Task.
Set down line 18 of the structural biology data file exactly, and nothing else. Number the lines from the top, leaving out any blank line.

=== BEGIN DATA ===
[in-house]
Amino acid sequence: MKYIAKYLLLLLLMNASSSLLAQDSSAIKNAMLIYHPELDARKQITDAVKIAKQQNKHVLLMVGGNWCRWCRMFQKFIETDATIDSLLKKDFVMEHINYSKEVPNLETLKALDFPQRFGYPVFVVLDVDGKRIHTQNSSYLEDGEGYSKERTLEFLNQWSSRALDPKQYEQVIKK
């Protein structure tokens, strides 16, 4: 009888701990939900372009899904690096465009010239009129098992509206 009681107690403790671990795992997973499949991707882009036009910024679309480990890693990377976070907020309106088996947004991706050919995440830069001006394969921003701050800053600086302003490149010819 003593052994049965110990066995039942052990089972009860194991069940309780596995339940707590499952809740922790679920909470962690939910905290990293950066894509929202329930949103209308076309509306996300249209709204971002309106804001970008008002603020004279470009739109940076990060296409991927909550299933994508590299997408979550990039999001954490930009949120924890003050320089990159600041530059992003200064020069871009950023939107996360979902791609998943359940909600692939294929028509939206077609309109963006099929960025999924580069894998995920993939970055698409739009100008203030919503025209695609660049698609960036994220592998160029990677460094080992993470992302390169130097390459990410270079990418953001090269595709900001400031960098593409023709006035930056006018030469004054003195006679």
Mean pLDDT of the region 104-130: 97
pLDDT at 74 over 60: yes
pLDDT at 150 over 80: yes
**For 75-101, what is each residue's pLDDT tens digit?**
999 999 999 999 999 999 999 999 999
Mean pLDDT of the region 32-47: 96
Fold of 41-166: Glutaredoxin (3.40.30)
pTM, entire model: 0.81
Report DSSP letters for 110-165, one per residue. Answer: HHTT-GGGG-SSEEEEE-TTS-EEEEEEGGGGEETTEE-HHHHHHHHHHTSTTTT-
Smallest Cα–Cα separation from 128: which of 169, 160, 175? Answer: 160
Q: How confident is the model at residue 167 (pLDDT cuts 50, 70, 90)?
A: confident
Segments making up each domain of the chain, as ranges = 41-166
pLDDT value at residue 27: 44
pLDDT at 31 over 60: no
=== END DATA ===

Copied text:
pLDDT at 31 over 60: no